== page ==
Tony, a mob loan collector, is dissatisfied with his station in life. Though he dreams of one day being rich, he is stuck with the dead-end job of beating up borrowers who fall behind in ... See full summary »
As an aging widower begins suffering from heart trouble, his greedy heirs hope to speed him on his way by hiring a super-seductive nurse to get his pulse racing. Their plan backfires, ... See full summary »
Duilio Del Prete,
After the Civil War ends, two soldiers return home with a cache of stolen money. They are caught by Union troops. One escapes, but the other is sent to prison for five years. When he gets ... See full summary »
This spinoff from "The Man from U.N.C.L.E." features the adventures of sexy spy April Dancer, who works for an international agency called the United Network Command for Law and Enforcement... See full summary »
Leo G. Carroll
A woman and two children are kidnapped by Apaches. The husband of the captured woman enlists the help of his neighbor to find the Apaches that seized his family; not knowing his neighbor has unknown reasons of his own for helping him.
The movie first aired on NBC@10:00 p.m. (EST), Friday, November 25 and Friday, December 2, 1966 as the 70th & 71st episodes of "Man from U.N.C.L.E., The" (1964), "The Concrete Overcoat Affair" (Parts 1 and 2). See more »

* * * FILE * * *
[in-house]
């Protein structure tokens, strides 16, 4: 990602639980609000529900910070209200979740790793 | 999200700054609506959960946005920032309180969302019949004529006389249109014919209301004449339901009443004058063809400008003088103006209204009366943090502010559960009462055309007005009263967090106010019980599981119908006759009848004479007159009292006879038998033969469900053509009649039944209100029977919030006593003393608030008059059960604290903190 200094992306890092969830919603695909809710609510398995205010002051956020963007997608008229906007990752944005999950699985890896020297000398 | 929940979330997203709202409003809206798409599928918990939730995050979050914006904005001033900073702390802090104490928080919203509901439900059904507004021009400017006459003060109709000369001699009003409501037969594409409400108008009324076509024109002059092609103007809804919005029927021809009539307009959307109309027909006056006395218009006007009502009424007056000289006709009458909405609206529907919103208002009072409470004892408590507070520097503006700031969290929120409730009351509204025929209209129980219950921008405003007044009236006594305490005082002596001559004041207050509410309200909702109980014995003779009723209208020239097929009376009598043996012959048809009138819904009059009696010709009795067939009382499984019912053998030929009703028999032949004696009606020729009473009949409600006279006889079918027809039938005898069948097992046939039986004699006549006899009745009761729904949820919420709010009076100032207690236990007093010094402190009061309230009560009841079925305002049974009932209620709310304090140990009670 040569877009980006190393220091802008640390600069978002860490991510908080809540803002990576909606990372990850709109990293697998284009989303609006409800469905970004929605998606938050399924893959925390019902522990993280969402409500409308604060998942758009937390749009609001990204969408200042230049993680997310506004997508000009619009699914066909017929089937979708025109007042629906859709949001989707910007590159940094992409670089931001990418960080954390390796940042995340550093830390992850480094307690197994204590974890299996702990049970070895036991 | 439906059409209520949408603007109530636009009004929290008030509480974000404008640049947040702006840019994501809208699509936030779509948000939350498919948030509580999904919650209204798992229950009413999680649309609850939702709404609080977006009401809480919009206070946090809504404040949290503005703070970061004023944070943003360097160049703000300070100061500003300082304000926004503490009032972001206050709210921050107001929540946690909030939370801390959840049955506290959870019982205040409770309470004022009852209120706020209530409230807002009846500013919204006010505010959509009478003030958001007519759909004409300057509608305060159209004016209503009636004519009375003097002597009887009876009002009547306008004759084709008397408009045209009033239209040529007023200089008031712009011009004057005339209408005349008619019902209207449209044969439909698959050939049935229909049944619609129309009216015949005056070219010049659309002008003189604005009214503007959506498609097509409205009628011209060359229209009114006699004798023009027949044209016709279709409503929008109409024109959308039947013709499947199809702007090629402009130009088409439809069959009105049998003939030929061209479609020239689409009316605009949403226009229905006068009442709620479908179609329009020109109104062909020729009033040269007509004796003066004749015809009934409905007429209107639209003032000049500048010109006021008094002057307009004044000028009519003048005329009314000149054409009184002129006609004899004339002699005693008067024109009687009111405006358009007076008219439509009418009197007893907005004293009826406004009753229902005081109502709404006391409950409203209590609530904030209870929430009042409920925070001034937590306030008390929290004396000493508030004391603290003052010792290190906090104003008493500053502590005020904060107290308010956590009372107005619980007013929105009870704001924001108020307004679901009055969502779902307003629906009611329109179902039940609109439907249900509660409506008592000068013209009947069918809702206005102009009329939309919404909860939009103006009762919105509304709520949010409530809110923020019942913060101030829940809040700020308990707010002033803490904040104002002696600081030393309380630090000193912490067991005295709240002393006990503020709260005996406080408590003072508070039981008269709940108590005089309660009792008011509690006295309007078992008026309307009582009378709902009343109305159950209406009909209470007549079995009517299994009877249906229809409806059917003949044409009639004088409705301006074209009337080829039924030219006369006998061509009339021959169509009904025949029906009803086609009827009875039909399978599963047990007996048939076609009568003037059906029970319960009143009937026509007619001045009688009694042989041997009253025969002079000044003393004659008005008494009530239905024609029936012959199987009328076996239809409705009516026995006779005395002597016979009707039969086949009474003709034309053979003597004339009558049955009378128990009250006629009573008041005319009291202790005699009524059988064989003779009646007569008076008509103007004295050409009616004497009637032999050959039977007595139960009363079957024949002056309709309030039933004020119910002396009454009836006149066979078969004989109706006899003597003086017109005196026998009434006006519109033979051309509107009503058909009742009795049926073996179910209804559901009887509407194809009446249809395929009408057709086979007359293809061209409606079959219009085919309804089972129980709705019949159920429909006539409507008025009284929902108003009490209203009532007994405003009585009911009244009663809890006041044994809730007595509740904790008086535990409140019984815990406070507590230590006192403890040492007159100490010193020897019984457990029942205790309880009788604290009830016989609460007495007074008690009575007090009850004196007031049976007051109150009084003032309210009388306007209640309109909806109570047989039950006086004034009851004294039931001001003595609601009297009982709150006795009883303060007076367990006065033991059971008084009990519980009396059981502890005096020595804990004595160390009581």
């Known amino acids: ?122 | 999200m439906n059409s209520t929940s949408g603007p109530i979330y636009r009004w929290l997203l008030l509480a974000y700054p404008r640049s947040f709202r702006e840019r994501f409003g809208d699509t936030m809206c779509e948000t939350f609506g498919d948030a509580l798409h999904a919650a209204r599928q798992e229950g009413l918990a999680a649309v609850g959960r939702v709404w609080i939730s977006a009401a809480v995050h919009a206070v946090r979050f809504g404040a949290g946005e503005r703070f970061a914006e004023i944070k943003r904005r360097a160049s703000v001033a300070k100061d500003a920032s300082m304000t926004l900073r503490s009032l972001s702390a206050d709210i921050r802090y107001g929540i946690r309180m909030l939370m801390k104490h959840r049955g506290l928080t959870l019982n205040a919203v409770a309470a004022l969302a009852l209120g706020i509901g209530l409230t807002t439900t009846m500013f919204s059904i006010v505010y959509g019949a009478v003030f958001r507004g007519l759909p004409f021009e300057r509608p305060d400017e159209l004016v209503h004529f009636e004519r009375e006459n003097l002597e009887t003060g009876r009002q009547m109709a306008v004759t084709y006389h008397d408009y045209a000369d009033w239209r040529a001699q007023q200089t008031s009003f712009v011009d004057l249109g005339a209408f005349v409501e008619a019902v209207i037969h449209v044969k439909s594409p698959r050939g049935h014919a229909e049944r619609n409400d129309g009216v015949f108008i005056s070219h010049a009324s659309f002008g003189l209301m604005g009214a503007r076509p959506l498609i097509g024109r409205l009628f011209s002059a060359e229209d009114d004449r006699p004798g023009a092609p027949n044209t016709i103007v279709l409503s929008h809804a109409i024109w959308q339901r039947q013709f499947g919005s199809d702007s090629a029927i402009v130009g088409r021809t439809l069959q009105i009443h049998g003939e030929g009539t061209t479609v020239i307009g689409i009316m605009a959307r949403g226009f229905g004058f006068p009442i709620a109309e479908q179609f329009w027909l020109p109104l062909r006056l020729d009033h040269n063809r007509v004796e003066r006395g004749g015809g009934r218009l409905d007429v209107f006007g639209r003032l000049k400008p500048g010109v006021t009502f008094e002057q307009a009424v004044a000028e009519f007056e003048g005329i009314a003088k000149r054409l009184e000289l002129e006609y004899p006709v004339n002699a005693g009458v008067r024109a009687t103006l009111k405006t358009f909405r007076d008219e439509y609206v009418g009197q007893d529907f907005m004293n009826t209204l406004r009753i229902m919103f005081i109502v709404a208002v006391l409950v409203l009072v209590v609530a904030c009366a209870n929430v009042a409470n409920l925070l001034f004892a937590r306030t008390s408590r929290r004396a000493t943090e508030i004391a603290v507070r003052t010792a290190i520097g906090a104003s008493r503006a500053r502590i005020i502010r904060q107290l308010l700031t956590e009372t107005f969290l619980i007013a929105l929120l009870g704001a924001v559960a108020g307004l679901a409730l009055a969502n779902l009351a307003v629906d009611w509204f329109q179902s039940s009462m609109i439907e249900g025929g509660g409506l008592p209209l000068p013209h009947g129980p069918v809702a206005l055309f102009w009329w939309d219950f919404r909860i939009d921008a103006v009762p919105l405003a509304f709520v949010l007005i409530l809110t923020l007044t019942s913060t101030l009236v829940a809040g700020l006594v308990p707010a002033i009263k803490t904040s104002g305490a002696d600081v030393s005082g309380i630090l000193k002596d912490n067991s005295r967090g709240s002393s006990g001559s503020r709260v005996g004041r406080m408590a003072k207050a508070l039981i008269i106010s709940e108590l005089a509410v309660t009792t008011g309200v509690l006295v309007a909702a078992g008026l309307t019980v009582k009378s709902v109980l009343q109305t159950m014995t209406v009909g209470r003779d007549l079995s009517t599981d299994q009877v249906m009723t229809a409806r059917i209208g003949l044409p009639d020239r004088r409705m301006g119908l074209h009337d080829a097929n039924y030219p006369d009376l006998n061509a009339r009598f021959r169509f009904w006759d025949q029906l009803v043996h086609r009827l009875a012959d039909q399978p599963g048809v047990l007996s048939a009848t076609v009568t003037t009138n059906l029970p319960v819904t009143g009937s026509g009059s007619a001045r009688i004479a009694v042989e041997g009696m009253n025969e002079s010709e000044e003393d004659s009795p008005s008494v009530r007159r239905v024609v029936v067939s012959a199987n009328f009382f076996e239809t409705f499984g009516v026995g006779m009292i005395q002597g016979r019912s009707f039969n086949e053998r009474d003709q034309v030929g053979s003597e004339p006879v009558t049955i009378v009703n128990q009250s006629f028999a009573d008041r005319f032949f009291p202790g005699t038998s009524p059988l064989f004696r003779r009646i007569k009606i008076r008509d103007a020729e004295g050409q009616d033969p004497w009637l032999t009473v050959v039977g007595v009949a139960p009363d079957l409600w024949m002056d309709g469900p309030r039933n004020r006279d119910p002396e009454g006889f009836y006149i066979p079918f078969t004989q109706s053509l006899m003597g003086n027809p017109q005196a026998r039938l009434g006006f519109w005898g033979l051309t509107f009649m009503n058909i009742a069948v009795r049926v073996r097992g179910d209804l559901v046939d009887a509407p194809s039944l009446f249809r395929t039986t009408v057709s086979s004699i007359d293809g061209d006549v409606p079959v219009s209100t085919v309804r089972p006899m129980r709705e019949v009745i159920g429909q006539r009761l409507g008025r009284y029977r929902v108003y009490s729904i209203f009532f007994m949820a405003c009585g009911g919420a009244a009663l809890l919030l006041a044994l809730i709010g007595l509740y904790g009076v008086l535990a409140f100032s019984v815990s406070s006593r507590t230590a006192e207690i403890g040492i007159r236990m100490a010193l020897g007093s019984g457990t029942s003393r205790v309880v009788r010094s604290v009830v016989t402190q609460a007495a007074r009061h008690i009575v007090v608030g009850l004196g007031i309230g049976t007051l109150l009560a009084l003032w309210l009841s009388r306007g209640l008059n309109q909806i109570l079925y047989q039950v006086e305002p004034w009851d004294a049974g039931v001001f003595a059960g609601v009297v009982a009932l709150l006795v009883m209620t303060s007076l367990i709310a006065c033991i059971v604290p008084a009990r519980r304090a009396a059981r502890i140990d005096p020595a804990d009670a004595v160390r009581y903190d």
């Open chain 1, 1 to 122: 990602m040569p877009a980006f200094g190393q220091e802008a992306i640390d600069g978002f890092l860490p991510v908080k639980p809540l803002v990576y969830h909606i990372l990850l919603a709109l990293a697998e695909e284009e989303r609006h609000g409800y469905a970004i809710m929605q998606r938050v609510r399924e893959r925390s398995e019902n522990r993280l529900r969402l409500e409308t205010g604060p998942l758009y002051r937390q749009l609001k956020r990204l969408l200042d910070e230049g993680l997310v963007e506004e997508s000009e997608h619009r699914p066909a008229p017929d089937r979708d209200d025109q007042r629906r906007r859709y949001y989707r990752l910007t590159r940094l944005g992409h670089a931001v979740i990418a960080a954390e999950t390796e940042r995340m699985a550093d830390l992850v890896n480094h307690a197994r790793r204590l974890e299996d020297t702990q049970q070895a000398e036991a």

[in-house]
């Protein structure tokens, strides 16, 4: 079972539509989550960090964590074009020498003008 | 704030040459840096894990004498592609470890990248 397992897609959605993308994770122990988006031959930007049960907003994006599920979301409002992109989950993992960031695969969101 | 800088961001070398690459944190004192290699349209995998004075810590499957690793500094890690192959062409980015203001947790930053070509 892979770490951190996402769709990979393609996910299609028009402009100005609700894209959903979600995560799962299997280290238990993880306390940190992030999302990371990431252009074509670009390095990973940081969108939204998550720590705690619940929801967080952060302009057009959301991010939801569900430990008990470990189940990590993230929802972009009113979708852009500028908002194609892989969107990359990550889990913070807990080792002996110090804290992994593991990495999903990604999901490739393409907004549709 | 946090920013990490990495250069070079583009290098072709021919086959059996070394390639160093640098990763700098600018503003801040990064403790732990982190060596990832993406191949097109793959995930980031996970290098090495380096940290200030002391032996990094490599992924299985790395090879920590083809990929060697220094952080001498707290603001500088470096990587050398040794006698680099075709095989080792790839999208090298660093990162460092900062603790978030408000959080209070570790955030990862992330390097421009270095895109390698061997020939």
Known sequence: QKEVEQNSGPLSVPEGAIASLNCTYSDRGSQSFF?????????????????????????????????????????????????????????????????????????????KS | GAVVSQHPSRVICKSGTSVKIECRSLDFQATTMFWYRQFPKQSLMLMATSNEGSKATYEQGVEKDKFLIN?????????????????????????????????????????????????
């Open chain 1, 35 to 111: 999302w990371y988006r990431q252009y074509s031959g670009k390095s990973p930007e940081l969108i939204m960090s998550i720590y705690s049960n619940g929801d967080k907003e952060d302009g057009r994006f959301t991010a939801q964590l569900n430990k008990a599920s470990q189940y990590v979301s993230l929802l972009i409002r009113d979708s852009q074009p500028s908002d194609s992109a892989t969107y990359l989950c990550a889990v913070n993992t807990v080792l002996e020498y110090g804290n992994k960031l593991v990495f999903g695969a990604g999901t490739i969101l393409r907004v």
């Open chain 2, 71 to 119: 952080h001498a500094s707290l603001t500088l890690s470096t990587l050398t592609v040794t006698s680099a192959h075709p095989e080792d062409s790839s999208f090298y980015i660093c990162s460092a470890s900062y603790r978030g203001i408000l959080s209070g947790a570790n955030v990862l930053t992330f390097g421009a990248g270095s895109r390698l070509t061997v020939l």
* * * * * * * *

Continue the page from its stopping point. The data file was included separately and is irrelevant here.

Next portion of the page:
In an overhead shot of the chase scene at the beginning of the film, the lower part of the helicopter filming the action is clearly visible. See more »
If you think Austin Powers is the best James Bond spoof, you ain't seen nothing yet.
I'm a huge fan of "The Man From U.N.C.L.E.", both the classic TV-show and the movies. None of the U.N.C.L.E. movies are bad, but there's a couple of them which could have been a lot better. For example the last movie "How to Steal the World (1968)" which was basically just a couple of TV-episodes thrown together. It was terribly unfunny and the Robert Vaughn and David McCallum just seem embarrassed to be there. Then there's "Karate Killers, The (1967)" which was one of the funniest but with a very weak plot, it seemed as though they came up with a plot in five minutes which was merely content with laughable scenes and quirky situations.
"Spy in the Green Hat, The (1966)" on the other hand, is both exciting AND funny. Especially the scene where Napoleon Solo (Robert Vaughn) hides from THRUSH agents under a young woman's (the incredibly cute Letícia Román) bed and is caught by the woman's grandmother (Penny Santon), who is forcing Solo to marry the young woman. He successfully escapes, but is hunted by a legion of stereotyped Italian gangsters. Now that's comedy.
All the actors, including among others Janet Leigh and Jack Palance, give wonderful perfomances. Particularly Palance who probably is the only actor in the movie business who can overact in a good way.
The 60's in a nutshell, don't miss it for the world.
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